It is only in particulars that instinct appears superior to reason in the works it achieves. When an animal is taken, ever so little, out of the ordinary circumstances in which its instincts act, it is apt to behave very foolishly. If a woodpecker’s egg is hatched by a bird which builds an open nest upon the branches of a tree, when the young bird is grown large enough to shuffle about in the nest, induced by its instinct to suppose that its nest is in a hole walled round on all sides by the tree, with a long, narrow entrance down from above, it does not see that it has been inducted into the open nest of another bird, and is sure to tumble out. The bee and the ant, in a few particulars, show wonderful sagacity; but remove them from the narrow compass of their instincts, and all their wisdom is at an end. That animals are so wise in a few things and so wanting in wisdom in all others shows that they are endowed with a mental principle essentially of a different nature from that of the human race. “ They do many things even better than ourselves,” says Descartes; “ but this does not prove them to be endowed with reason, for this would prove them to have more reason than we have, and that they should excel us in all other things also”; for reason can act not only in one direction, but in all.

But it will be said that instinct is not invariable,—that it often displays a capacity of accommodating itself, like reason, to circumstances, and is therefore a principle the same in kind with it,—or else that the animal has something of the rational faculty superadded to the instinctive. But does the animal make these variations in its conduct from a true perception of their meaning and purpose ?

It is very natural for us to ascribe to reason those actions of other animals which would be ascribable to reason, if performed by man. “ If,” says Keller, (an old German writer,) “ the fly be enabled to choose the place which suits her best for the deposition of her eggs, (as, for instance, in my sugar-basin, in which I placed a quantity of decaying wheat,) she takes a correct survey of every part and selects that in which she believes her ova will be the best preserved and her young ones well cared for.” The fly, in this instance, apparently exercises an intelligent choice ; but does any one doubt that the selection she makes is determined wholly by a blind, uncalculating instinct ? The beaver selects a site for his dam at a place where the depth, width, and rapidity of the stream are most fit. There is a tree upon the bank, and food and materials for his work in the vicinity. If a man should attempt to build a beaver’s dam, he would abstractly consider all these elements of fitness. The outward manifestations of the quality of abstraction are equally observable in either case. But we must not hastily conclude, because the beaver in one instance acts in a manner apparently reasonable, that he has any reason of his own ; for, when we come to study the habits of this animal, we find that he displays all the characteristics of the instinctive principle. If animals are endowed with instincts which apparently act so much like reason in the ordinary course of their operations, we should not at once conclude that there is any need of endowing them with a modicum of reason to account for their deviations from this course, which do not outwardly resemble the acts of reason anymore strongly. And besides, it is said, that, if we refer the variations to an intelligent principle, we must refer the ordinary conduct to the same principle. To use an old illustration,—if a bird is reasonable and intelligent, when, on perceiving the swollen waters of the stream approach her half-finished nest, she builds higher up the bank, she was intelligent while making her first nest, and was always intelligent ; for how otherwise, it is asked, could she know when to lay down instinct and take up reason ?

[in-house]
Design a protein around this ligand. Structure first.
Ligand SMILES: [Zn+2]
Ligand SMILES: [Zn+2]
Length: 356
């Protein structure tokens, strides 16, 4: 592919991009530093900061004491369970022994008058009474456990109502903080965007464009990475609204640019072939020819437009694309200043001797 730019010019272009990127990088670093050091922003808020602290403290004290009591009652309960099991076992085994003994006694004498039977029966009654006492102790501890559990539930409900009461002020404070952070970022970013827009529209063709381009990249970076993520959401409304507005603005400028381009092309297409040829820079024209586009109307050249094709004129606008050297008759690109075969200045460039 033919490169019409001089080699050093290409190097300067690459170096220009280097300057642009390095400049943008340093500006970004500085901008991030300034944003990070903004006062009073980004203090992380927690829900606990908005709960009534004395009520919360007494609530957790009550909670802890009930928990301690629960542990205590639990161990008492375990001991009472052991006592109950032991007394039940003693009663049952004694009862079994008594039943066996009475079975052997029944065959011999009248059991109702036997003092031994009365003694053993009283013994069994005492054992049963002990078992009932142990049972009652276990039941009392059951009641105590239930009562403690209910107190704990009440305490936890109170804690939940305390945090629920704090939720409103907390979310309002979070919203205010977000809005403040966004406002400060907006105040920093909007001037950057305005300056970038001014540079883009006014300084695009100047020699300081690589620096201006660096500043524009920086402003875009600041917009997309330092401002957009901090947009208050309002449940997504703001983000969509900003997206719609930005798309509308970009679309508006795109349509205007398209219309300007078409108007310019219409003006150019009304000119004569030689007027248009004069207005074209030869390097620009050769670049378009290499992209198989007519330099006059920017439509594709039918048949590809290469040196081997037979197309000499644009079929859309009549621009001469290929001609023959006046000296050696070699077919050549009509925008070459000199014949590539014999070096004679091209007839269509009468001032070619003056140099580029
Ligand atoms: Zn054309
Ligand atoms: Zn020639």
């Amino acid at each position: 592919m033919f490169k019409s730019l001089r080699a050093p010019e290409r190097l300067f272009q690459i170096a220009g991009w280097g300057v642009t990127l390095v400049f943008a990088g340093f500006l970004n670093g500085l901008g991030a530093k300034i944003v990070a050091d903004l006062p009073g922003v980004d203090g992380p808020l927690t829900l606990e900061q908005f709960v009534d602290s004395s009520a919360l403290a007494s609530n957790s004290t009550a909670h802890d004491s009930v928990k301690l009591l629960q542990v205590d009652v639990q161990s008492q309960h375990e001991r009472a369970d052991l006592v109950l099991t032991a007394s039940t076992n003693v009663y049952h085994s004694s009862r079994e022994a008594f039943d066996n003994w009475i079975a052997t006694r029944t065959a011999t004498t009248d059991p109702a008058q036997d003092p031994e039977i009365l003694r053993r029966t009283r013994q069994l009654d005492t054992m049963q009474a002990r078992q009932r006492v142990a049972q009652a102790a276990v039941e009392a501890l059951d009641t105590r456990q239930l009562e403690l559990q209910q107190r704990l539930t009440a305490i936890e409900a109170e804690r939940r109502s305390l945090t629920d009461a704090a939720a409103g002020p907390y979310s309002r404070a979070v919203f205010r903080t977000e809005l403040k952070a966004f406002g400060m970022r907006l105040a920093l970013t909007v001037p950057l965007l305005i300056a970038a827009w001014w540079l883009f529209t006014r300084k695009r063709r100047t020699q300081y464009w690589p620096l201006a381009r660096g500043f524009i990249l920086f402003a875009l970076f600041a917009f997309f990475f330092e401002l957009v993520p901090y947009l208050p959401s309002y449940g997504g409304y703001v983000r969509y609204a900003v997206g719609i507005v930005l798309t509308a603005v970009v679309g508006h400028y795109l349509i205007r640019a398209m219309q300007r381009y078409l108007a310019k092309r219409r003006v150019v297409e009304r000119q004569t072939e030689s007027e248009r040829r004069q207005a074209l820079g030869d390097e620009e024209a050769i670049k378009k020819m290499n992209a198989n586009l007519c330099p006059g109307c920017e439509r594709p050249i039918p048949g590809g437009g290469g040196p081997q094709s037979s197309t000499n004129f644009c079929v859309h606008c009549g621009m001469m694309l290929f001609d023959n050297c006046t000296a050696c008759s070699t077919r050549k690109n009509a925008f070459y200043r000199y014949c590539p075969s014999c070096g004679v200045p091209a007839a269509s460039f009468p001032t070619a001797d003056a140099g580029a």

Instinct aims at certain definite ends; but these ends cannot always be reached by the same means, especially when places and circumstances are not the same. Accommodation is necessary, or it could not always produce the effects for which it is intended. Would the instinct of the spider be complete, if, after it has guided her to spin a web so neat and trim and regular, it did not also lead her to repair her broken snare, when the cords have been sundered by the struggles of some powerful captive? But this pliancy of the spider’s instinct is no more remarkable than the contingent operation of the instincts of many species of animals. “ It is remarkable,” says Kirby, “that many of the insects which are occasionally’ observed to emigrate are not usually social animals, but seem to congregate, like swallows, merely for the purpose of emigration.” When certain rare emergencies occur, which render it necessary for the insects to migrate, a contingent instinct develops itself, and renders an unsocial species gregarious.